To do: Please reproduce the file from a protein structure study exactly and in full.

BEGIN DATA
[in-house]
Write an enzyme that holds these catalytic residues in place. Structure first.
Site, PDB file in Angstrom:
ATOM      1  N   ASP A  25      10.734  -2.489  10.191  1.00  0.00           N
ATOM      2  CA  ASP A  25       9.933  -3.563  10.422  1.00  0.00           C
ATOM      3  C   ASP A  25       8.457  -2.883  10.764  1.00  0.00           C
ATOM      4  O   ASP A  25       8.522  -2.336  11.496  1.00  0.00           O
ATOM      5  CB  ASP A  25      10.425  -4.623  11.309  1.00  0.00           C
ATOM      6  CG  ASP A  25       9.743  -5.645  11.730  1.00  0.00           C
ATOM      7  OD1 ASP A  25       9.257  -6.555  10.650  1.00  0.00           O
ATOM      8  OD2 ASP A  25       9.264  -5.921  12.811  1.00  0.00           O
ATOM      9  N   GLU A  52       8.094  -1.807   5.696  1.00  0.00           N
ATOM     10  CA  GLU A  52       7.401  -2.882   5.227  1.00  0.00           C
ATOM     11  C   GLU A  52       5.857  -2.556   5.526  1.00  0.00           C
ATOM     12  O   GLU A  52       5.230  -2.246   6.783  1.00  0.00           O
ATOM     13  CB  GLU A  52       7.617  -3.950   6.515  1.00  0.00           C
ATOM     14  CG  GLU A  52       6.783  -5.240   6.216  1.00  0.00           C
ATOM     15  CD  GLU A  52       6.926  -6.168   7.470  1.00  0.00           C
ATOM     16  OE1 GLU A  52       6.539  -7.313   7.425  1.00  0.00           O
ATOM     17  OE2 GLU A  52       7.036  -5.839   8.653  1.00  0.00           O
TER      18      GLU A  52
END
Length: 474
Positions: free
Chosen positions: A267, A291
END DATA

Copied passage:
[in-house]
Write an enzyme that holds these catalytic residues in place. Structure first.
Site, PDB file in Angstrom:
ATOM      1  N   ASP A  25      10.734  -2.489  10.191  1.00  0.00           N
ATOM      2  CA  ASP A  25       9.933  -3.563  10.422  1.00  0.00           C
ATOM      3  C   ASP A  25       8.457  -2.883  10.764  1.00  0.00           C
ATOM      4  O   ASP A  25       8.522  -2.336  11.496  1.00  0.00           O
ATOM      5  CB  ASP A  25      10.425  -4.623  11.309  1.00  0.00           C
ATOM      6  CG  ASP A  25       9.743  -5.645  11.730  1.00  0.00           C
ATOM      7  OD1 ASP A  25       9.257  -6.555  10.650  1.00  0.00           O
ATOM      8  OD2 ASP A  25       9.264  -5.921  12.811  1.00  0.00           O
ATOM      9  N   GLU A  52       8.094  -1.807   5.696  1.00  0.00           N
ATOM     10  CA  GLU A  52       7.401  -2.882   5.227  1.00  0.00           C
ATOM     11  C   GLU A  52       5.857  -2.556   5.526  1.00  0.00           C
ATOM     12  O   GLU A  52       5.230  -2.246   6.783  1.00  0.00           O
ATOM     13  CB  GLU A  52       7.617  -3.950   6.515  1.00  0.00           C
ATOM     14  CG  GLU A  52       6.783  -5.240   6.216  1.00  0.00           C
ATOM     15  CD  GLU A  52       6.926  -6.168   7.470  1.00  0.00           C
ATOM     16  OE1 GLU A  52       6.539  -7.313   7.425  1.00  0.00           O
ATOM     17  OE2 GLU A  52       7.036  -5.839   8.653  1.00  0.00           O
TER      18      GLU A  52
END
Length: 474
Positions: free
Chosen positions: A267, A291